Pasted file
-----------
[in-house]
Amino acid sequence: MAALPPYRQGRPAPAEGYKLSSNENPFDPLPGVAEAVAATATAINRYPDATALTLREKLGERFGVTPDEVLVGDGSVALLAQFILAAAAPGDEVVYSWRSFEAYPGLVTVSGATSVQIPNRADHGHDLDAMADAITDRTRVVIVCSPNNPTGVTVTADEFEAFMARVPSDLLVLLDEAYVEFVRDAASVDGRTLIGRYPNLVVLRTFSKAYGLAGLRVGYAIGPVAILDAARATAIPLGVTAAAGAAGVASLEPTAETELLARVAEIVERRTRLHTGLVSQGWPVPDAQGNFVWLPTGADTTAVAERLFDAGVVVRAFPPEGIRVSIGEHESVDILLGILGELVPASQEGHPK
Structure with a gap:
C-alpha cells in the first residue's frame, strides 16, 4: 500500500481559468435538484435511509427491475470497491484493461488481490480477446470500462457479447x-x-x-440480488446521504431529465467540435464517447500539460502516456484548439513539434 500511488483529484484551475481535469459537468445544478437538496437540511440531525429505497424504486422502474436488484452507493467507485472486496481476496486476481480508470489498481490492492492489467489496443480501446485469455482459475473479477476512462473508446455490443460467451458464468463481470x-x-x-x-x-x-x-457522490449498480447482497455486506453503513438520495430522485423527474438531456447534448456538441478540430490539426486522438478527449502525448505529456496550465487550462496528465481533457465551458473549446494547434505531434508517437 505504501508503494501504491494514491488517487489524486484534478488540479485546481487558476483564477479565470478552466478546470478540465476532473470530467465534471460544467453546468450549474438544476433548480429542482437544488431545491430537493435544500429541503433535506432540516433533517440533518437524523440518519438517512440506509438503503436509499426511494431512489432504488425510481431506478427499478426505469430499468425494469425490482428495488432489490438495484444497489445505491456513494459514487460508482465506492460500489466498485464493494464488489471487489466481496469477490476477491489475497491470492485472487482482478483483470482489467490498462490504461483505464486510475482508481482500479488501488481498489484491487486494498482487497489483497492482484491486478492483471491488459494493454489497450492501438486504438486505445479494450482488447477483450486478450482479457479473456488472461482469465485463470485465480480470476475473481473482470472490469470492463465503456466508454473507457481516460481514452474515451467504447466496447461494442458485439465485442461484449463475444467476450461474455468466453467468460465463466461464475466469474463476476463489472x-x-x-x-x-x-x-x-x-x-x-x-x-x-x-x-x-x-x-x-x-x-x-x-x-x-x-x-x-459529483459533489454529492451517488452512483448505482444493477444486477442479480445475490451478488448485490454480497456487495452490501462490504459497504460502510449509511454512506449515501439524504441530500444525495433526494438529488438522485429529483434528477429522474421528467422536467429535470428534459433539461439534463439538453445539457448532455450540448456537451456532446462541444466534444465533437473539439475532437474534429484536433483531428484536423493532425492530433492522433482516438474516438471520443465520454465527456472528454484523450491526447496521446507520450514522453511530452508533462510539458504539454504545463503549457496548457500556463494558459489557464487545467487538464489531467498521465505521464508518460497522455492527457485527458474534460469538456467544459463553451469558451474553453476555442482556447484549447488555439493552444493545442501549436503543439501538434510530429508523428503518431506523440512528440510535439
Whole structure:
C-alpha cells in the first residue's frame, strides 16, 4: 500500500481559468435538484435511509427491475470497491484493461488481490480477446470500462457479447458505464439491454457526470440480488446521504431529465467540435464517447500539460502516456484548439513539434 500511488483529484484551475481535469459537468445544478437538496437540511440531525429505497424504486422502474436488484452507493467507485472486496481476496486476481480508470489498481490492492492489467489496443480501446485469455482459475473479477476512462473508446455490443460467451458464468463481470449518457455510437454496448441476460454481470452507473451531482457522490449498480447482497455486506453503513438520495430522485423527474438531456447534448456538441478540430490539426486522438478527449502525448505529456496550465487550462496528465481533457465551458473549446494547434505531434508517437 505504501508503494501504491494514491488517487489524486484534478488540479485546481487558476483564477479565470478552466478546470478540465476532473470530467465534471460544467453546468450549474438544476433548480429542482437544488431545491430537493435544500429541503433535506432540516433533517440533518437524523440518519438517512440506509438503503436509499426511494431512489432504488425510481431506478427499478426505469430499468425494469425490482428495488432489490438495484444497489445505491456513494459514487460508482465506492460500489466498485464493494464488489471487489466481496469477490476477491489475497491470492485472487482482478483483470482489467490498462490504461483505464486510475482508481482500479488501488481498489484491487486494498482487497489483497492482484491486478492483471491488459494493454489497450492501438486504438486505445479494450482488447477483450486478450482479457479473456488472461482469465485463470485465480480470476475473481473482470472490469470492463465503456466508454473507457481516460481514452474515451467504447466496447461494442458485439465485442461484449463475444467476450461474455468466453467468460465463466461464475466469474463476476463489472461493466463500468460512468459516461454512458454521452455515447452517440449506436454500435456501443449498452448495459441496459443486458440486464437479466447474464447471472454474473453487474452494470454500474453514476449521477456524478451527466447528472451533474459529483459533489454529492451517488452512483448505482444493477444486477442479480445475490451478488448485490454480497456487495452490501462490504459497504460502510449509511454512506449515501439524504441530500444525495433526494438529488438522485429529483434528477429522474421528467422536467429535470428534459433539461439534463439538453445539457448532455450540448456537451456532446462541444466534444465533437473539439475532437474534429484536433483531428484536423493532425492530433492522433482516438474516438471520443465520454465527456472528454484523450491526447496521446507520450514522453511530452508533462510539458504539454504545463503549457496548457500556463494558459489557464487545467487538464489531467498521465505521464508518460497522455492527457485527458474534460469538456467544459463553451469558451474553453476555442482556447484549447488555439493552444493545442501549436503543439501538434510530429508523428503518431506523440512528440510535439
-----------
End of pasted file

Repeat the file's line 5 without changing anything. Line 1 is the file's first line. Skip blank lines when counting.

Whole structure: